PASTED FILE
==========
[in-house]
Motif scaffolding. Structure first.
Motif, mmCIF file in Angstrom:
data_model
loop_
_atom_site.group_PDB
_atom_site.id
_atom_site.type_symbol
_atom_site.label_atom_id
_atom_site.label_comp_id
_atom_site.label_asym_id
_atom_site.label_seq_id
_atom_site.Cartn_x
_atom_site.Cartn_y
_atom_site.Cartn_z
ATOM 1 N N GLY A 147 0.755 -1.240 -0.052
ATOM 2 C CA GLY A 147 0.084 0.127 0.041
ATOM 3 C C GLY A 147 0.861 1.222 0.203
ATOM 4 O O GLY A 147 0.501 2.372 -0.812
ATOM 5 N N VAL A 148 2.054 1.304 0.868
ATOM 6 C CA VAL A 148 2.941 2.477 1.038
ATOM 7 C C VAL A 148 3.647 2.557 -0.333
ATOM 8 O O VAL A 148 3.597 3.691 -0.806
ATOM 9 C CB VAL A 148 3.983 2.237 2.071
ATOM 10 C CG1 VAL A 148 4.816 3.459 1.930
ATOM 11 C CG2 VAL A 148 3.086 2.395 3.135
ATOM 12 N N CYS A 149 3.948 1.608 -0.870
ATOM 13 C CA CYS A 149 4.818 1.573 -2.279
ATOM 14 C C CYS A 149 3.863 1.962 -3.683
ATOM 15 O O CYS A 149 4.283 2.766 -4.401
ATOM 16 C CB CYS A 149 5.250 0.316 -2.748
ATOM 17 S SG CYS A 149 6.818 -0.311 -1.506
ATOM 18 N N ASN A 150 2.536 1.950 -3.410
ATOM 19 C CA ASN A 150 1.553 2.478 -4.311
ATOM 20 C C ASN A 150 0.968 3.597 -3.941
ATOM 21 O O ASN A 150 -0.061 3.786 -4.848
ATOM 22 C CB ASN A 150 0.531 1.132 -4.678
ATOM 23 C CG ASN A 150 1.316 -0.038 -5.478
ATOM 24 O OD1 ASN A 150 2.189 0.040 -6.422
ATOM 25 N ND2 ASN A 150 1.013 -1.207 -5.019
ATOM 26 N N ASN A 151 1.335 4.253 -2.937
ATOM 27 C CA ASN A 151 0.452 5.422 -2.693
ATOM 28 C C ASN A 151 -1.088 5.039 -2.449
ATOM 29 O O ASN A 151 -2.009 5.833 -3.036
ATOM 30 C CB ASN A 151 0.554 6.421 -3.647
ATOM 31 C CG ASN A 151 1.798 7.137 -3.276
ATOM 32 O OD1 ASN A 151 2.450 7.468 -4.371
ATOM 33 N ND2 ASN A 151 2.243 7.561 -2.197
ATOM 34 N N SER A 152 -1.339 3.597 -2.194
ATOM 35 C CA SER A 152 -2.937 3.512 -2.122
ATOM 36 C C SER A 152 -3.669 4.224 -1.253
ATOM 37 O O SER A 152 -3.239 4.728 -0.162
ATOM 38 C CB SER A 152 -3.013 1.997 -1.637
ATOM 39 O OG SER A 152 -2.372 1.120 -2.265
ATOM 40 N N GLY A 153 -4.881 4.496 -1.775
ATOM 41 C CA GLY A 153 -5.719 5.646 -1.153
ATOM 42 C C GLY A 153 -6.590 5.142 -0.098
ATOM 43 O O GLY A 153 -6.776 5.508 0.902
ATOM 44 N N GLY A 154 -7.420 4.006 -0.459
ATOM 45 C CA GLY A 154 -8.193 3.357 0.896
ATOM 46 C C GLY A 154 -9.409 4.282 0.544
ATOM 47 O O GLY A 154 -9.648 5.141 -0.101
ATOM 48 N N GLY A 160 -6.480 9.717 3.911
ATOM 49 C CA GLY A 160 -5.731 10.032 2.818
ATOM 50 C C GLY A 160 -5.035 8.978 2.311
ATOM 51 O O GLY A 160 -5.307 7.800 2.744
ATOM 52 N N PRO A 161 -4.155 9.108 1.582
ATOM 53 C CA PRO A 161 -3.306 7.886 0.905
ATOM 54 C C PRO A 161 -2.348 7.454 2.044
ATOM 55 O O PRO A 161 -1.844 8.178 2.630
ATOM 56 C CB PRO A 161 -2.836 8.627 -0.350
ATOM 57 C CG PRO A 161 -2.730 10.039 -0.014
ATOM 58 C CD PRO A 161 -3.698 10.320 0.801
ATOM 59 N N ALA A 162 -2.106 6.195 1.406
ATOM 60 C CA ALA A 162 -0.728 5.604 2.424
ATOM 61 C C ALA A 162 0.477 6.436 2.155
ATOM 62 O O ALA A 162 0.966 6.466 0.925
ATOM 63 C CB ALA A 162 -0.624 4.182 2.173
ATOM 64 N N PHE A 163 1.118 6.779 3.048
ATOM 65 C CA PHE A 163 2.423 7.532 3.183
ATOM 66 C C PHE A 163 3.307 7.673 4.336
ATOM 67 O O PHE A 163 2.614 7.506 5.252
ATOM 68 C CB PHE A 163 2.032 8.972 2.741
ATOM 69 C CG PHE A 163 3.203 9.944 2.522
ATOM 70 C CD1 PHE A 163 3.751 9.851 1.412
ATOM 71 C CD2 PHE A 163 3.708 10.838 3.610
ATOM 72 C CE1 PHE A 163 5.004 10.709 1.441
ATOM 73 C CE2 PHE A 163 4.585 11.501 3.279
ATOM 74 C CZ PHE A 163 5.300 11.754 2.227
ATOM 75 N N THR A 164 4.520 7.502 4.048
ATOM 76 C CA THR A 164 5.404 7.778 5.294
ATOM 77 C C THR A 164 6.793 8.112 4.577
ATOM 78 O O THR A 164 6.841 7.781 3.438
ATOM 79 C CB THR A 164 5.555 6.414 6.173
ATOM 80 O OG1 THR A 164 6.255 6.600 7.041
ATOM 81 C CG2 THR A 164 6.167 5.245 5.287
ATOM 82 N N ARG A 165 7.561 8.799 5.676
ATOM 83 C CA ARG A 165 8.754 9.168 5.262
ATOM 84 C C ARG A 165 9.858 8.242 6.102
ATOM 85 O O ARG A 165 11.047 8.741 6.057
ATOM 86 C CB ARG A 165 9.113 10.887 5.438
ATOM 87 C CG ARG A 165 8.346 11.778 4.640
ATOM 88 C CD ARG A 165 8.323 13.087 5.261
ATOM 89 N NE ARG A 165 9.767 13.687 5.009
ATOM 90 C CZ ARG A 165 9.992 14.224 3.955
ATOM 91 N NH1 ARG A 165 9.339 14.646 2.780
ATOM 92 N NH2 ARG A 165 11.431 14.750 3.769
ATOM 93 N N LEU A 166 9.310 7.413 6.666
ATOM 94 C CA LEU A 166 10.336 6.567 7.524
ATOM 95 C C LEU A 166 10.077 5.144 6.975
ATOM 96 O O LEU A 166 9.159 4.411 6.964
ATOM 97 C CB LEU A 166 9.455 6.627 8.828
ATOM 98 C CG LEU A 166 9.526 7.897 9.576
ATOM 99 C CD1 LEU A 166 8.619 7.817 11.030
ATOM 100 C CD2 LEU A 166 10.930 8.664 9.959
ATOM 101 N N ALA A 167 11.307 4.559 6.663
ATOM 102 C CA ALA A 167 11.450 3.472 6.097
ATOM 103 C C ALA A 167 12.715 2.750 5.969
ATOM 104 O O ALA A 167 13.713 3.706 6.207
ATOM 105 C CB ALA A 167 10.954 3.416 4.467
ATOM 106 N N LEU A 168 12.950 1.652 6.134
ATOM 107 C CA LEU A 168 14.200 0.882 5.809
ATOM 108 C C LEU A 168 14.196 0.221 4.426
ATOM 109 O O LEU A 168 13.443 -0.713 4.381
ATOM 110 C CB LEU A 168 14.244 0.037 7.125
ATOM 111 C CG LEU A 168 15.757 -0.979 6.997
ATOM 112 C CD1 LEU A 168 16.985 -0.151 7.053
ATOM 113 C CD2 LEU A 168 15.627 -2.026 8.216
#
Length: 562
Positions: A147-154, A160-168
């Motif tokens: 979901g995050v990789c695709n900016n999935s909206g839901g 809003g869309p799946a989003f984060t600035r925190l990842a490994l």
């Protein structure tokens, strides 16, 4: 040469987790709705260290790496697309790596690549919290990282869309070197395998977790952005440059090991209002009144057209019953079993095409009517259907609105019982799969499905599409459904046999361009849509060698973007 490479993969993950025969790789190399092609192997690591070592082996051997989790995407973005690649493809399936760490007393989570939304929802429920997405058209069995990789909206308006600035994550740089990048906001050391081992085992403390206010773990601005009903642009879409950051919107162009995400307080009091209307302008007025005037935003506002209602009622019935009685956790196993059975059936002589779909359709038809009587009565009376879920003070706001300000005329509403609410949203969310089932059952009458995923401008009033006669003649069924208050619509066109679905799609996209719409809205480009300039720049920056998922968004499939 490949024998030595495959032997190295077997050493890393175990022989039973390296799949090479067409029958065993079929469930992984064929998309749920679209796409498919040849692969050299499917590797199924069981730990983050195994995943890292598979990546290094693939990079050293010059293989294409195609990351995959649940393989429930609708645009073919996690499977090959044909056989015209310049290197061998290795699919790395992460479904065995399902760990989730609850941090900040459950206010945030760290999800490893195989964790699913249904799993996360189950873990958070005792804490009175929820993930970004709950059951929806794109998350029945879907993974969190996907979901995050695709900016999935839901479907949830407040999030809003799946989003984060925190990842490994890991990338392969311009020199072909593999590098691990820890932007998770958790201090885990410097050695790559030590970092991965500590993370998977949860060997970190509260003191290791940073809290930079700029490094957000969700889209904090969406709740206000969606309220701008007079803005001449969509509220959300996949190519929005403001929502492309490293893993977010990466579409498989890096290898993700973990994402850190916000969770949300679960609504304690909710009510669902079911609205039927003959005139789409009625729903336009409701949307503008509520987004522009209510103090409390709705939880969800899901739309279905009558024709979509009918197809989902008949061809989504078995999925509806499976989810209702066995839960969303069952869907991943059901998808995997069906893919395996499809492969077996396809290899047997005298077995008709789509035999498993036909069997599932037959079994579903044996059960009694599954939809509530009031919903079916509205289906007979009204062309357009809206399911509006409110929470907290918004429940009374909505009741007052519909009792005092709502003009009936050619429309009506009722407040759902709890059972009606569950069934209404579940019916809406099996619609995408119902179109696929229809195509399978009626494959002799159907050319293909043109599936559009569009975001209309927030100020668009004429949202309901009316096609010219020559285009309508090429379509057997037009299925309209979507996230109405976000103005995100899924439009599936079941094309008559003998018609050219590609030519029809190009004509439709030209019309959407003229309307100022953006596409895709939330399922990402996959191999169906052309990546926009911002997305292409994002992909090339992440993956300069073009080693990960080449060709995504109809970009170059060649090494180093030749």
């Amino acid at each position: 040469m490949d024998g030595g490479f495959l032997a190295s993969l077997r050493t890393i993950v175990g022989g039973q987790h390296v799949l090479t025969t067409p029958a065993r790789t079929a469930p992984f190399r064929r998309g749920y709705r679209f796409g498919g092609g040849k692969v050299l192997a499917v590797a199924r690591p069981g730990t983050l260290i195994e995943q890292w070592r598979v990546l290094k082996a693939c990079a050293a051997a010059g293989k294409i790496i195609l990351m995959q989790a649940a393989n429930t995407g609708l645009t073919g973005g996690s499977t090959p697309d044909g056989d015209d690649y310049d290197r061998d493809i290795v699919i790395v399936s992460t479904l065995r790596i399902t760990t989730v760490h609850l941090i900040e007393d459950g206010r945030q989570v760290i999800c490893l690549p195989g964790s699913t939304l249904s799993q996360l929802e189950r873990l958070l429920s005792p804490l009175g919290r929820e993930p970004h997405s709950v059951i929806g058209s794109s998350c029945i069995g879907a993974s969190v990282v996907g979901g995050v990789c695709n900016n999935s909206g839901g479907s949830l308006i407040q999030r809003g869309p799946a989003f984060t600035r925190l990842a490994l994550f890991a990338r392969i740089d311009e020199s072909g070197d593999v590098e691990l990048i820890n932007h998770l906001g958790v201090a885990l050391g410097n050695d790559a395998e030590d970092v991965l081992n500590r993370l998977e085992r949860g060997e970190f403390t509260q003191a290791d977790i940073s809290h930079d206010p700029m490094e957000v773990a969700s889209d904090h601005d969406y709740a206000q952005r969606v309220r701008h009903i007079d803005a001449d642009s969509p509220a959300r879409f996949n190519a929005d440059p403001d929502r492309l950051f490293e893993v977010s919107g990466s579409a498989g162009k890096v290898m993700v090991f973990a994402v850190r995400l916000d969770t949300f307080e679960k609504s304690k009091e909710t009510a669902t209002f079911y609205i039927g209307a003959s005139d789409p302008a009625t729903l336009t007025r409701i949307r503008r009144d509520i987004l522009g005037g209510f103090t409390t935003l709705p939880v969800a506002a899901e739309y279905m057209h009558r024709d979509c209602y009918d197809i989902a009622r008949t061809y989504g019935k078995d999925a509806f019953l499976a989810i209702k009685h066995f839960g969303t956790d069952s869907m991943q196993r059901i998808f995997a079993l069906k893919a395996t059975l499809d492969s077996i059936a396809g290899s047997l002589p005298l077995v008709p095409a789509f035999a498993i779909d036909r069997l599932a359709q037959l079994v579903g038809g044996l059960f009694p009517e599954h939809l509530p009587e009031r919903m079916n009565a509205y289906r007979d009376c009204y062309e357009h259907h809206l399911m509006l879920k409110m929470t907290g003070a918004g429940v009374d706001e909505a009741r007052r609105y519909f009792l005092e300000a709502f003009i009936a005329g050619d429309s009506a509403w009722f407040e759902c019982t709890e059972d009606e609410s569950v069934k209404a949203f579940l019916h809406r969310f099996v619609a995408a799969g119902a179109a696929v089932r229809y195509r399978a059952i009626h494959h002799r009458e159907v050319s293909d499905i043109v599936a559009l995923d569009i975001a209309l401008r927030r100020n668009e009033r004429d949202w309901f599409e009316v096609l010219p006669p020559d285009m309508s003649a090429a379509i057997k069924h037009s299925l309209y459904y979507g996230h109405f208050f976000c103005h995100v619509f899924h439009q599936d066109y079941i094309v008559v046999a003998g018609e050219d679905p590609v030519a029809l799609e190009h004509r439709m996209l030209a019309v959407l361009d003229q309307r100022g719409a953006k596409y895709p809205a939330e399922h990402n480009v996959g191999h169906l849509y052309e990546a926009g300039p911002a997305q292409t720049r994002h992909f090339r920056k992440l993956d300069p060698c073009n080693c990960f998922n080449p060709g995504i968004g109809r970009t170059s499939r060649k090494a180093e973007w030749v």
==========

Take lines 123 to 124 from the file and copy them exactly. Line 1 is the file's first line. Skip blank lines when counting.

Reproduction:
ATOM 108 C C LEU A 168 14.196 0.221 4.426
ATOM 109 O O LEU A 168 13.443 -0.713 4.381